It’s the $10 billion question: If experimentalists do discover a bump at the Large Hadron Collider, does it have to be the infamous higgs boson? Not. One. Bit. Plainly and simply, if the ATLAS & CMS collaborations find something at the end of this year it will take a little more data to know we are definitely dealing with a higgs boson. Okay, I suppose I should back up a little an add some context. 🙂

The Standard Model of Particle Physics (or SM for short) is the name for the very well established theory that explains how almost everything in the Universe works, from a physics perspective at least. The fundamental particles that make up the SM, and hence our Universe, are shown in figure 1 and you can learn all about them by clicking on the hyperlink a sentence back. Additionally, this short Guardian article does a great job explaining fermions & bosons.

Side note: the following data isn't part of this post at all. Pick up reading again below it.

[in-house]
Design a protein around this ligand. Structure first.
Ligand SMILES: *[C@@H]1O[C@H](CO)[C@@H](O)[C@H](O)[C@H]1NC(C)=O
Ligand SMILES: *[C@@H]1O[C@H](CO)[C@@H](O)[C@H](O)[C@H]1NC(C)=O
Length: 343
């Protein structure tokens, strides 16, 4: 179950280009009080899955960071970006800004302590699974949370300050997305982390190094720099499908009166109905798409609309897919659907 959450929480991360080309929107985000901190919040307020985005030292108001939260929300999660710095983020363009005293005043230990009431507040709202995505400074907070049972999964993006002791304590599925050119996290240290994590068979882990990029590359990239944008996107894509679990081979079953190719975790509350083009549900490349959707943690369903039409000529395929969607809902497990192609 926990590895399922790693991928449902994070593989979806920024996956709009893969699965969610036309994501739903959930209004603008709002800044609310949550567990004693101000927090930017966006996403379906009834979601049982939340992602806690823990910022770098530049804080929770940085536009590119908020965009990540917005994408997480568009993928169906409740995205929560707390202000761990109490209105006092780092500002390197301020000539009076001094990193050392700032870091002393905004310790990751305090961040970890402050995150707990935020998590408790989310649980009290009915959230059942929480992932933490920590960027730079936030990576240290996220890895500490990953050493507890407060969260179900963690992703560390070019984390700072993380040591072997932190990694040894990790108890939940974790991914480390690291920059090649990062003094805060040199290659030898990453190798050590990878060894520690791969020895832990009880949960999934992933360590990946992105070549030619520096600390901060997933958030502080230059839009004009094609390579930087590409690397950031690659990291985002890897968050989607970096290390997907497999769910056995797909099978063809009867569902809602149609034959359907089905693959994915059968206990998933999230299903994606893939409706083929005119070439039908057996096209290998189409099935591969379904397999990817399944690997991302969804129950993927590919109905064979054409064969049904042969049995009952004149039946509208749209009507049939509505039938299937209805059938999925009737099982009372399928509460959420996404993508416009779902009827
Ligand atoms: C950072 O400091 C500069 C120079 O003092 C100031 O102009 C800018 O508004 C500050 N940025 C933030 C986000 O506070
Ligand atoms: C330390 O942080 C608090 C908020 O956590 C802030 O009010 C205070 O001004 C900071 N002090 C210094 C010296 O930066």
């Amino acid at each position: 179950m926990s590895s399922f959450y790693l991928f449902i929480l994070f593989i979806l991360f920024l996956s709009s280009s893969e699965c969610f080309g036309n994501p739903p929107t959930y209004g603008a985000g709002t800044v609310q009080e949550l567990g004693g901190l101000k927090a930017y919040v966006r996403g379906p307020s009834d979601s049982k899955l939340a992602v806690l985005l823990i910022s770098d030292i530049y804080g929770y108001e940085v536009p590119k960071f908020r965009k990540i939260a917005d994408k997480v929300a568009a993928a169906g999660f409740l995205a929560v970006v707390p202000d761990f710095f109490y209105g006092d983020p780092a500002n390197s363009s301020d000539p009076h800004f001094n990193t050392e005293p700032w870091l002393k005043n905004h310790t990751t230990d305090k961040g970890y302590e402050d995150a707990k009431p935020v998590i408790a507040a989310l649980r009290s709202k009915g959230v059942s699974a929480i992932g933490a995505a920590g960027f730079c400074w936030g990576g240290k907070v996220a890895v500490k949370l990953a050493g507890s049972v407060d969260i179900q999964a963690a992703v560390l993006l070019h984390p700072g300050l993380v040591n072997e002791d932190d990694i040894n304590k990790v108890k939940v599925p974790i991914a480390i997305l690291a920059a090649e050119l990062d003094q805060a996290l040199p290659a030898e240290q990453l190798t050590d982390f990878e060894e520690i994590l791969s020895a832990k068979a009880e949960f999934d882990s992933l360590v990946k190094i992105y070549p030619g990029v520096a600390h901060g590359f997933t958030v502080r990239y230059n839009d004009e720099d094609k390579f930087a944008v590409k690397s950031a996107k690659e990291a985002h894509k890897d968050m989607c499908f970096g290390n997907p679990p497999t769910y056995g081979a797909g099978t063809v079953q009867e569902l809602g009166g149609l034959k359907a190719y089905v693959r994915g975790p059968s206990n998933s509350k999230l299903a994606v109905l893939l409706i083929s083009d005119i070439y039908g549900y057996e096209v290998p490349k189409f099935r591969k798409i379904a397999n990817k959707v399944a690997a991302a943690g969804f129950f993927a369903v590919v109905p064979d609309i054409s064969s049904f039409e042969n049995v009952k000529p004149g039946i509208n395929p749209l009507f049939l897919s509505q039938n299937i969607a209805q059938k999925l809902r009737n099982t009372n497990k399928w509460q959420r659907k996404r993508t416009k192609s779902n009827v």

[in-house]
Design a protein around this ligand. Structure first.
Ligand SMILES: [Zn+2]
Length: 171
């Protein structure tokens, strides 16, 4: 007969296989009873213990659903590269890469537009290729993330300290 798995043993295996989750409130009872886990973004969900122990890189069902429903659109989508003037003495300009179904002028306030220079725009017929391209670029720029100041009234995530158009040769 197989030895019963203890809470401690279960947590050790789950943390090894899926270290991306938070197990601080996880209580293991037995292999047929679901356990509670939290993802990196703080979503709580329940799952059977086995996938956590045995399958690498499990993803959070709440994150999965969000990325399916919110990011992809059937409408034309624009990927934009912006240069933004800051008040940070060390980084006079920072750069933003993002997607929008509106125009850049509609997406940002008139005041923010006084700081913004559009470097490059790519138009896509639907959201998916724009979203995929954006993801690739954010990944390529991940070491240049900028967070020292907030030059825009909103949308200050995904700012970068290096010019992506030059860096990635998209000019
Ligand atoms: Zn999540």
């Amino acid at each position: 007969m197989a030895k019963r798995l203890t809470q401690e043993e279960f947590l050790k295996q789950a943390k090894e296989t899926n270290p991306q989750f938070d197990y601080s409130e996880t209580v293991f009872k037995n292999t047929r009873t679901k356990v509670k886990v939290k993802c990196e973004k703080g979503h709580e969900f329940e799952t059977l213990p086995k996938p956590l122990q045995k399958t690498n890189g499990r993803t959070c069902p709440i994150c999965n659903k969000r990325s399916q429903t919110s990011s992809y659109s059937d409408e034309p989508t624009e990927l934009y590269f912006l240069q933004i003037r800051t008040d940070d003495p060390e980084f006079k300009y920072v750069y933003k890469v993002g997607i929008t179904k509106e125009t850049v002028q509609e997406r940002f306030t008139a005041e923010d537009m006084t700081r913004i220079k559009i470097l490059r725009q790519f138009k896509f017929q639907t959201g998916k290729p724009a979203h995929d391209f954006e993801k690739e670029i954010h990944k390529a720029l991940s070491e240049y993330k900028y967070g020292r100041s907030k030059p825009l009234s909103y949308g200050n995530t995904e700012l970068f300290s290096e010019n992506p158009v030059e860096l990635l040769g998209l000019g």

Fig 1. The Standard Model is composed of elementary particles, which are the fundamental building blocks of the Universe, and rules dictating how the particles interact. The fundamental building blocks are known as fermions and the particles which mediate interactions between fermions are called bosons. (Image: AAAS)

As great as the Standard Model is, it is not perfect. In fact, the best way to describe the theory is to say that it is incomplete. Three phenomena that are not fully explained, among many, are: (1) how do fermions (blue & green boxes in figure 1) obtain their mass; (2) why is there so little antimatter (or so much matter) in the Universe; and (3) how does gravity work at the nanoscopic scale? These are pretty big questions and over the years theorists have come up with some pretty good ideas.

The leading explanation for how fermions (blue & green boxes in figure 1) have mass is called the Higgs Mechanism and it predicts that there should be a new particle called the higgs boson (red box at bottom of figure 1). Physicist believe that the Higgs Mechanism may explain the fermion masses is because this same mechanism very accurately predicts the masses for the other bosons (red boxes in figure 1). It is worth nothing that when using the Higgs Mechanism to explain the masses of the bosons, no new particle is predicted.